What Are Stocks, Bonds, And Currencies Telling Us About Commodities?

by: Andrew Hecht

Stocks- Financial inflation.

Bonds- Rates are too low given economic growth.

Currencies- The dollar could be entering a long-term bear market run.

Commodities- Sniffing inflation and moving higher.

Mother Nature could cause inflation to spike in 2018.

I have been trading commodities and watching the raw material market since the early 1980s, and I have seen my share of bull and bear markets. Commodities are like any other asset class. Each asset within the sector has unique supply and demand characteristics that influence the path of least resistance for its price. However, the raw materials sector is one of the most sensitive when it comes to macroeconomic factors which often reveal themselves in the most liquid asset markets. Stocks, bonds, and currency markets are much larger and more liquid than the commodities sector. Commodities tend to have a much higher level of volatility than the other classes which leads many investors to stay clear of assets that can double and halve in price in the blink of an eye. For action seekers like myself, the price variance in commodities is what draws me to the market like a magnet. However, for most people, raw materials are too risky a business to approach. Therefore, there are times when changes in economic conditions begin to show up in markets, and most participants do not realize they are occurring until it is too late.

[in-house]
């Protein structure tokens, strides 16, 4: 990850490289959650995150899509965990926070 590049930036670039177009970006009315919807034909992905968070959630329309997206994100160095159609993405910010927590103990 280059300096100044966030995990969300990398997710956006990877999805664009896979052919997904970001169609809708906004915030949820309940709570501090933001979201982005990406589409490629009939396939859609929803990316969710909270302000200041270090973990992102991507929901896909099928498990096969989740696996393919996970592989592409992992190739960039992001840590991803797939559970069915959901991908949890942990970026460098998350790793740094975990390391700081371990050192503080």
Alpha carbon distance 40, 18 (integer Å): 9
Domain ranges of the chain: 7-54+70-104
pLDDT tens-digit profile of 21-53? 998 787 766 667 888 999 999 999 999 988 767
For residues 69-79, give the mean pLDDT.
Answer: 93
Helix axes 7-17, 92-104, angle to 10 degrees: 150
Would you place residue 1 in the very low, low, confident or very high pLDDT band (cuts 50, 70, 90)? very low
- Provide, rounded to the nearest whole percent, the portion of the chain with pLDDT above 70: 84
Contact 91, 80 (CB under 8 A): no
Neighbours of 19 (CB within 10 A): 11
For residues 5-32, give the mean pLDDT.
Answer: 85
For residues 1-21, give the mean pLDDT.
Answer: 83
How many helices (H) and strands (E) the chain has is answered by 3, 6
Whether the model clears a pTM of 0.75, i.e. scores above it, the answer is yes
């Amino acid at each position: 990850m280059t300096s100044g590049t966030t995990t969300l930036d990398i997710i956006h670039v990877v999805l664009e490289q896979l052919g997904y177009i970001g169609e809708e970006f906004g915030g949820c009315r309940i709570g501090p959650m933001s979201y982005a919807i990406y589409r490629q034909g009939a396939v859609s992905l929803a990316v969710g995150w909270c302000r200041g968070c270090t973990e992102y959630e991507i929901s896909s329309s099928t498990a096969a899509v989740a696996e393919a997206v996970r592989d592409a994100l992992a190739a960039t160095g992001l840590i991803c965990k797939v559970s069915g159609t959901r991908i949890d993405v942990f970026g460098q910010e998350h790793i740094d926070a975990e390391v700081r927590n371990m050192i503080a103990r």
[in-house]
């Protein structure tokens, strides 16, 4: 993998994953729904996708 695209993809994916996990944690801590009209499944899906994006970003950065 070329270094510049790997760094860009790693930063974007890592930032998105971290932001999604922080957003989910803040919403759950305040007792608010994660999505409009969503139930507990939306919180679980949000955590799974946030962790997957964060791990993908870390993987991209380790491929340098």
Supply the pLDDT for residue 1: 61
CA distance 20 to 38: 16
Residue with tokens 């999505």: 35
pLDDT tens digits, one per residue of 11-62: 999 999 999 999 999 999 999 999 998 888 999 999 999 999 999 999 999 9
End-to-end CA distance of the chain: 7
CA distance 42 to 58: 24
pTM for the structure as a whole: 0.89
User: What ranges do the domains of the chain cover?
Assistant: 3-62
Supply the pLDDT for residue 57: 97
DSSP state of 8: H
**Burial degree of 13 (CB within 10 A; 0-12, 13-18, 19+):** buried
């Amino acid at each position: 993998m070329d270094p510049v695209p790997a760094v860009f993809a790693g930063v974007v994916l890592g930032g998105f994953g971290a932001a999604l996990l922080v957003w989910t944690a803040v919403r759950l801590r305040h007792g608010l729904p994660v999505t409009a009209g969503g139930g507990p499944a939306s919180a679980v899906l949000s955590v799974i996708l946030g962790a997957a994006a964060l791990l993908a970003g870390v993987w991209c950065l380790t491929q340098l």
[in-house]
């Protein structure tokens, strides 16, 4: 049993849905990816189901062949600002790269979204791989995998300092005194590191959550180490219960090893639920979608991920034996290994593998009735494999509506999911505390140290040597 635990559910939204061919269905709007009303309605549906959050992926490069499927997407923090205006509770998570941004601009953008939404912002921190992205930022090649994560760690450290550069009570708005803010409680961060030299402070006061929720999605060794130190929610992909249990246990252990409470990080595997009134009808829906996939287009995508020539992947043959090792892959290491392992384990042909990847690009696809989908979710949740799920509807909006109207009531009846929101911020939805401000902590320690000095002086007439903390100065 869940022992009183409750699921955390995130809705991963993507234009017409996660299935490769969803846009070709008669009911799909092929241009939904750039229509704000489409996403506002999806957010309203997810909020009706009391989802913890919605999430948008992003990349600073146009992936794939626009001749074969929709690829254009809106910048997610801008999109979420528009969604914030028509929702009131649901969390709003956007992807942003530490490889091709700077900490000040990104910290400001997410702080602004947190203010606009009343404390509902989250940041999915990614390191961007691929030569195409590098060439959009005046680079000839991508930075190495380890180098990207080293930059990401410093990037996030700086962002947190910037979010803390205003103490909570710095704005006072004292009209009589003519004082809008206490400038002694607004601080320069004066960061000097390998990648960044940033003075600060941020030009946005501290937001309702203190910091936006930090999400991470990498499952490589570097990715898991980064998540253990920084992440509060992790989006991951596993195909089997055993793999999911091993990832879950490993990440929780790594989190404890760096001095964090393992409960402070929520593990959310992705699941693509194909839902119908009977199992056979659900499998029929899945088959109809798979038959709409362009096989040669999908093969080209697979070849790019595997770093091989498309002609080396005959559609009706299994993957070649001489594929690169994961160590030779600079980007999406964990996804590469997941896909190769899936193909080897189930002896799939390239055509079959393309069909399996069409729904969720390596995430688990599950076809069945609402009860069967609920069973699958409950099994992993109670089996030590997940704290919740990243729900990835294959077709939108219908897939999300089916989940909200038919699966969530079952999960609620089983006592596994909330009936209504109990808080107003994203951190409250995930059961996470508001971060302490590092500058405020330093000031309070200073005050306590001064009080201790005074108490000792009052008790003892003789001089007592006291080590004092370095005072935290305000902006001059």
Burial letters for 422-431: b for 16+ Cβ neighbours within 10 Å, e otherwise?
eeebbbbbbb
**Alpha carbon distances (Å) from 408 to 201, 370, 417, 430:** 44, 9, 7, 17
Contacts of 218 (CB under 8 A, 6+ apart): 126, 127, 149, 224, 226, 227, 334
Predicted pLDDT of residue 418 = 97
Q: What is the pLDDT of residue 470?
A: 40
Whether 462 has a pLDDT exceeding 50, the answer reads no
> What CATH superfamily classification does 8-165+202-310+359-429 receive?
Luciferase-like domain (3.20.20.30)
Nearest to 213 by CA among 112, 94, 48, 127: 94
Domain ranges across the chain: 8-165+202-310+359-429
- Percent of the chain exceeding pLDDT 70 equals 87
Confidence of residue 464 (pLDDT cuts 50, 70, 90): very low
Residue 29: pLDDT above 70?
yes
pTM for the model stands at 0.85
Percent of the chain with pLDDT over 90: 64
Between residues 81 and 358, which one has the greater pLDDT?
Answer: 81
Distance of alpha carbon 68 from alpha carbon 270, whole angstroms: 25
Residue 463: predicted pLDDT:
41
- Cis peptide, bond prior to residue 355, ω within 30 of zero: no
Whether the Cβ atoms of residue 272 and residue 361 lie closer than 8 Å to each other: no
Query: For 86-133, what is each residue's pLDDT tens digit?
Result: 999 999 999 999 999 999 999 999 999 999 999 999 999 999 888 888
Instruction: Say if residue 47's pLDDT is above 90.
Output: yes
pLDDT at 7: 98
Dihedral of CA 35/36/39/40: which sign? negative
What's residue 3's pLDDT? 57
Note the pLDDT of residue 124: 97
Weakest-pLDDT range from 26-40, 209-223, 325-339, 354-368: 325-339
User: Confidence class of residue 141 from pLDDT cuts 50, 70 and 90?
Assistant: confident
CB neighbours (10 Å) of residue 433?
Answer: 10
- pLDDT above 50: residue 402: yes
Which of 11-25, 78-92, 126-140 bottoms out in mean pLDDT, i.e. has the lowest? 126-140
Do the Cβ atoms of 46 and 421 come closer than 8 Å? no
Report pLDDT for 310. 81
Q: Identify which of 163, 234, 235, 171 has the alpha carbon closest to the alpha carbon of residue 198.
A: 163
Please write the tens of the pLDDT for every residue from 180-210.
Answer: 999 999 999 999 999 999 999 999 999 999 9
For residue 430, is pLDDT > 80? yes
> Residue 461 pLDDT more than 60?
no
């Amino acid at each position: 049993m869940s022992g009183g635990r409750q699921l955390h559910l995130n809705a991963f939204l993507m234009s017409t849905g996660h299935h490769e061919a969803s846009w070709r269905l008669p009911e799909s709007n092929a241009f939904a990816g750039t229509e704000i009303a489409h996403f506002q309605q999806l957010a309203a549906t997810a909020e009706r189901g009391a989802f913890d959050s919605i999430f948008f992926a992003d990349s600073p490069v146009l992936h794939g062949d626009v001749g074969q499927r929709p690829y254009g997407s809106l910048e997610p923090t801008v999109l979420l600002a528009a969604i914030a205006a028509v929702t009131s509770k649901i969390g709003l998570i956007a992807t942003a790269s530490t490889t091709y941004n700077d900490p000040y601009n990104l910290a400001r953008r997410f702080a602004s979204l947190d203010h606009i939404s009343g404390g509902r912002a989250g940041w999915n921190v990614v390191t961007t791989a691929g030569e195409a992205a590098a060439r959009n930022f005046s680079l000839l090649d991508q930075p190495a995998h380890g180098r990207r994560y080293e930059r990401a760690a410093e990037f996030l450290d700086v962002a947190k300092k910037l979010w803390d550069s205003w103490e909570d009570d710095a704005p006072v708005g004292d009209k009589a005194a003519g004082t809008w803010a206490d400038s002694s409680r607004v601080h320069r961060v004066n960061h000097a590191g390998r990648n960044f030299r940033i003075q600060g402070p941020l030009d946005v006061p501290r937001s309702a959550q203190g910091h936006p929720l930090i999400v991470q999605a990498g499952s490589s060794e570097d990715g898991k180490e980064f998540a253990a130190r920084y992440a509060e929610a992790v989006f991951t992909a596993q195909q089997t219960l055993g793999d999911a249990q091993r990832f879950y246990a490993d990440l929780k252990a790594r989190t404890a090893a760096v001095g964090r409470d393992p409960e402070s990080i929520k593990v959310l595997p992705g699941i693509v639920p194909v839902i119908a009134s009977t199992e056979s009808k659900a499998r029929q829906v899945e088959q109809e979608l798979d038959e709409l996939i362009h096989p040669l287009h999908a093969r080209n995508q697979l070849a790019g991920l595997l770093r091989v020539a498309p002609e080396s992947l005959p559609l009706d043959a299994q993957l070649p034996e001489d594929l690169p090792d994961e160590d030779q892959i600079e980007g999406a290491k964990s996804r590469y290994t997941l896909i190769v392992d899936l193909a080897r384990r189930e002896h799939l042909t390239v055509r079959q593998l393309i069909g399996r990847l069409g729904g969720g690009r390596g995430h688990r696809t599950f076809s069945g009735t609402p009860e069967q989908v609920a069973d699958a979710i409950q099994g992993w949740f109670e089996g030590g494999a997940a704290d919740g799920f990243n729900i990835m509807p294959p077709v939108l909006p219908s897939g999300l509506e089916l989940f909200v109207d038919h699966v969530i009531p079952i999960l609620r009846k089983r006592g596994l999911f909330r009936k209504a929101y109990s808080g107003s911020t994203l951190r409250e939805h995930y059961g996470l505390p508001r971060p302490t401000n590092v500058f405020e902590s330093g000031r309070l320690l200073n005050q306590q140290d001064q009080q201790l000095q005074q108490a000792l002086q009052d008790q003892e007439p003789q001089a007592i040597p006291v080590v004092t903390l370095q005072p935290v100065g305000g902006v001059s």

The Fed and ECB keep telling us that inflation remains below their 2% target rate, but markets across all asset classes could be signaling the exact opposite these days. Inflation eats away at the value of money, and from where I am sitting, things are getting more expensive.

Stocks- Financial inflation

The ascent of the stock market has been nothing short of spectacular. Stocks benefited from a perfect bullish storm of low interest rates, increasing economic growth which bolstered profits, and the prospects for and the reality of corporate tax reform at the end of 2017. The S&P 500 has exploded to the upside, along with the other major equity indices in the United States, and around the world. Source: CQG

As the quarterly chart of the E-Mini S&P 500 futures contract highlights, the index has moved from 665.75 in 2008 to highs of 2809.50 at the start of 2018. The latest new high came on Wednesday, January 16. The index has more than quadrupled over the past decade, with only one significant correction. Stocks have moved higher in the last thirty-three out of thirty-six quarters. Over the first six weeks of 2016, selling in the Chinese domestic stock market sent the index 11.5% lower. Since then, the bullish elevator has continued to take it to new highs. Historically low interest rates and growing optimism about the economy has lifted the prices of stocks as capital continues to flow into the equities market. Source: Shiller PE Ratio